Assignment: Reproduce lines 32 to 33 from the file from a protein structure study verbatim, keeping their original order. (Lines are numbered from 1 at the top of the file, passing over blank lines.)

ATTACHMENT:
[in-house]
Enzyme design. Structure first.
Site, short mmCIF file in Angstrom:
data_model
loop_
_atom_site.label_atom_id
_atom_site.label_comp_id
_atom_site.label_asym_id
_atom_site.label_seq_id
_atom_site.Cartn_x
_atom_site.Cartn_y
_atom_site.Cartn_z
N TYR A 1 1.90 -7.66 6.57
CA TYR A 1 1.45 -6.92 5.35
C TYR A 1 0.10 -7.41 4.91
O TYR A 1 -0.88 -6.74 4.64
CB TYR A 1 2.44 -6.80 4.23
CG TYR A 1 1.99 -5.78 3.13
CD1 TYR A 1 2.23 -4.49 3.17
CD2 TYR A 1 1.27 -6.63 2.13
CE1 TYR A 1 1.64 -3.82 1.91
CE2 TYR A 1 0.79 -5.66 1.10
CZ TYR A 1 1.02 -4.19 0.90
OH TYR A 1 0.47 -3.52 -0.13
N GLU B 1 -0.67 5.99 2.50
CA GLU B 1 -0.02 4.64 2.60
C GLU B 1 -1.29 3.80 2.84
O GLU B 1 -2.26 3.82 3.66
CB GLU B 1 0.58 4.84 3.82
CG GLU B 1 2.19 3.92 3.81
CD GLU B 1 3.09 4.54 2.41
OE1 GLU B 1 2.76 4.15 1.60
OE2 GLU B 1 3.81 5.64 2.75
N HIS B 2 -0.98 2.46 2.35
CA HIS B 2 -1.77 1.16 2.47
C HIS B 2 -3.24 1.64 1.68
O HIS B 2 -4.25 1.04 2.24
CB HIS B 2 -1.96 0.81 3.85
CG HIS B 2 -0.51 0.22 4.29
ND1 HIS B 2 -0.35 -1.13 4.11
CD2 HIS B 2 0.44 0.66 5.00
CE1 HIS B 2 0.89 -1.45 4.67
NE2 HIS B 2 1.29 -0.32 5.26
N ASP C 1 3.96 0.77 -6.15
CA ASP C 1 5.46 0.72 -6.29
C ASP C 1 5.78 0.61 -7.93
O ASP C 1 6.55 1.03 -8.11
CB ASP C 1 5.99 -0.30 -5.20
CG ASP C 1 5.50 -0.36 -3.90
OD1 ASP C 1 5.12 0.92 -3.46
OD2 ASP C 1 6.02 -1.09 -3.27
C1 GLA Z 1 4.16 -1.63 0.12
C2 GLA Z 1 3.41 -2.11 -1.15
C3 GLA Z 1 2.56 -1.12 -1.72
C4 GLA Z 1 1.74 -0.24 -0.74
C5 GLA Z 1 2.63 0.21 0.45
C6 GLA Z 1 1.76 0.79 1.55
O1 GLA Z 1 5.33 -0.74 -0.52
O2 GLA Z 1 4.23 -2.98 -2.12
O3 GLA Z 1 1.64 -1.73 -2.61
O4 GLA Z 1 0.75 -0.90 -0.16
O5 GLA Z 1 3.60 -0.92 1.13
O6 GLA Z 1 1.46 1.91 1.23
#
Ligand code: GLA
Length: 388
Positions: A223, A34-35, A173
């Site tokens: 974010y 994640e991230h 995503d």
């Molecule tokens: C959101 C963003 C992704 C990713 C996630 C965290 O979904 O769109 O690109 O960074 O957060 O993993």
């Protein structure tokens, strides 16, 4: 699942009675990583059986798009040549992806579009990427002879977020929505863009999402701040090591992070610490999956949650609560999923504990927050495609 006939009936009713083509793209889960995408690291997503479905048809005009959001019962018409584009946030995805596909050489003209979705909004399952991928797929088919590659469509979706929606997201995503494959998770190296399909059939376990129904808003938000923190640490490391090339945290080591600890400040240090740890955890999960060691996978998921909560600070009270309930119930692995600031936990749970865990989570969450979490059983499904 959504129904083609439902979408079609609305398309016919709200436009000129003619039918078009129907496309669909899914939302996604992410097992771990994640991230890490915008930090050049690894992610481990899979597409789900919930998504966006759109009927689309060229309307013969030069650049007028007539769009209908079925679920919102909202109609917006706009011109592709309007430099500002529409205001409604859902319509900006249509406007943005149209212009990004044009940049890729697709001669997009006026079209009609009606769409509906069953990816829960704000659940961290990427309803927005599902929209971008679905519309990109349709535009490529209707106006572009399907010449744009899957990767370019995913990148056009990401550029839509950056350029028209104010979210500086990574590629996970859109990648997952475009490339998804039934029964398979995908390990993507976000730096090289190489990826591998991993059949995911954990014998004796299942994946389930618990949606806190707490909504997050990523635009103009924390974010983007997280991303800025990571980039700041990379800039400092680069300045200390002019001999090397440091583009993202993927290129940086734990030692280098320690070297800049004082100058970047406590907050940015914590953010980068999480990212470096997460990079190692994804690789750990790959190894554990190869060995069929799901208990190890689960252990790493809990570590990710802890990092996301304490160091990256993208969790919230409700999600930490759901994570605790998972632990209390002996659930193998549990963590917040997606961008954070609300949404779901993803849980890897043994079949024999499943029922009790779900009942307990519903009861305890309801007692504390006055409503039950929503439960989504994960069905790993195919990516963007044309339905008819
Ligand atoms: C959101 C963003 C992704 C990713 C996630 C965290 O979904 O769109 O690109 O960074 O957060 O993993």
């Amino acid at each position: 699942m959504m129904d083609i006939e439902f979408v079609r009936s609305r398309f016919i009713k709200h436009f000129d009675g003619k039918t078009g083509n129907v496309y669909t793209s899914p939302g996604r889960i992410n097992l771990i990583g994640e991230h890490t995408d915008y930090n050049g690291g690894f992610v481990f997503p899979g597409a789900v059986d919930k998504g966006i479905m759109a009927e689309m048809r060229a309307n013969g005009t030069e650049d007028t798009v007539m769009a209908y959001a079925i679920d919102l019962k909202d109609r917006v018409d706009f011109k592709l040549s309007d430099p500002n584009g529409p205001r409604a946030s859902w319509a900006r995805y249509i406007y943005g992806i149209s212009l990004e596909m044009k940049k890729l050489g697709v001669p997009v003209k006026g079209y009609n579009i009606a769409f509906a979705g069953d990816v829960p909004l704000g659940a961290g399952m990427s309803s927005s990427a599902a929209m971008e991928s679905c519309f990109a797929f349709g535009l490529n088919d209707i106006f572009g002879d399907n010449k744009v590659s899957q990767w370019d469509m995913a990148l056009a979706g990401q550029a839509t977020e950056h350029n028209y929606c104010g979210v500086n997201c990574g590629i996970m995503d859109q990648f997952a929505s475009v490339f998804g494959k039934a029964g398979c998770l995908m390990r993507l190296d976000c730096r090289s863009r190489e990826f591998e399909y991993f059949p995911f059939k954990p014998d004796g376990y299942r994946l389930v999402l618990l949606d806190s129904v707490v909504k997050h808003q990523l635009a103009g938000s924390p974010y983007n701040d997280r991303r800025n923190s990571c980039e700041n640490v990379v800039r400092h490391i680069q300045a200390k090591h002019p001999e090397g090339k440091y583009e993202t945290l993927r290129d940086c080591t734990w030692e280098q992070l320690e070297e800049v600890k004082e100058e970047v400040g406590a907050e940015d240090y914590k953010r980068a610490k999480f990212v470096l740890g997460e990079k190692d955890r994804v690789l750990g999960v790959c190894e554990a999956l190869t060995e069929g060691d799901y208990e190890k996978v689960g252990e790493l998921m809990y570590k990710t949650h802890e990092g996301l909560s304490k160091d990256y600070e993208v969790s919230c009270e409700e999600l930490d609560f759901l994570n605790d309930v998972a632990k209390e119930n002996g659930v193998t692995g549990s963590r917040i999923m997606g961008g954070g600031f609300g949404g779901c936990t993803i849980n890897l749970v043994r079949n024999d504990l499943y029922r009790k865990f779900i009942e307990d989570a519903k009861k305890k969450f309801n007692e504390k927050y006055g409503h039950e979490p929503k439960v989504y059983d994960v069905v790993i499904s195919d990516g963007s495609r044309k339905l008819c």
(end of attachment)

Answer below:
OE1 GLU B 1 2.76 4.15 1.60
OE2 GLU B 1 3.81 5.64 2.75